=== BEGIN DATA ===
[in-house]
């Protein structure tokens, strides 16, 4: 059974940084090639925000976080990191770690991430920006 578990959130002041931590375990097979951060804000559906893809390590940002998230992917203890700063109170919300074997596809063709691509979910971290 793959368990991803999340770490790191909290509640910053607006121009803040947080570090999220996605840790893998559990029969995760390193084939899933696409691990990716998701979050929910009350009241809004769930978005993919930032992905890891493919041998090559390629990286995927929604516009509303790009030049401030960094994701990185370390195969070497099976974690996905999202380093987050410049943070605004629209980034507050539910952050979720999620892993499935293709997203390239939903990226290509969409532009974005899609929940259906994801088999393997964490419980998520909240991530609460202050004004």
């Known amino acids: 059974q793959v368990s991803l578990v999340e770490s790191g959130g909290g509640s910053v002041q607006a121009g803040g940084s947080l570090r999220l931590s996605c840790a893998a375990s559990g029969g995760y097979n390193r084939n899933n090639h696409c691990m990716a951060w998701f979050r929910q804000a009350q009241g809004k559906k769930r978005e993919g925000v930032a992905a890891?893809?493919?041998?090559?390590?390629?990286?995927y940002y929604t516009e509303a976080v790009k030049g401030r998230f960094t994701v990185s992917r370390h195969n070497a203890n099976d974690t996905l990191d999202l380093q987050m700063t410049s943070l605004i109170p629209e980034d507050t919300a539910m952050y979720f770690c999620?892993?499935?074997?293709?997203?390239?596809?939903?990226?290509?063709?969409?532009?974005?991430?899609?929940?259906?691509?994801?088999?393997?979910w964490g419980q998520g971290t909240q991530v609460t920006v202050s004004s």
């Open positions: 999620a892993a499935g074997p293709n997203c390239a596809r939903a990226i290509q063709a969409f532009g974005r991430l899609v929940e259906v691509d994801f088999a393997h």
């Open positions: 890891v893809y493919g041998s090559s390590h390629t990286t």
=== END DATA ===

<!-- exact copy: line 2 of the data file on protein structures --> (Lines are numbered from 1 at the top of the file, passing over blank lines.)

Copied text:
């Protein structure tokens, strides 16, 4: 059974940084090639925000976080990191770690991430920006 578990959130002041931590375990097979951060804000559906893809390590940002998230992917203890700063109170919300074997596809063709691509979910971290 793959368990991803999340770490790191909290509640910053607006121009803040947080570090999220996605840790893998559990029969995760390193084939899933696409691990990716998701979050929910009350009241809004769930978005993919930032992905890891493919041998090559390629990286995927929604516009509303790009030049401030960094994701990185370390195969070497099976974690996905999202380093987050410049943070605004629209980034507050539910952050979720999620892993499935293709997203390239939903990226290509969409532009974005899609929940259906994801088999393997964490419980998520909240991530609460202050004004």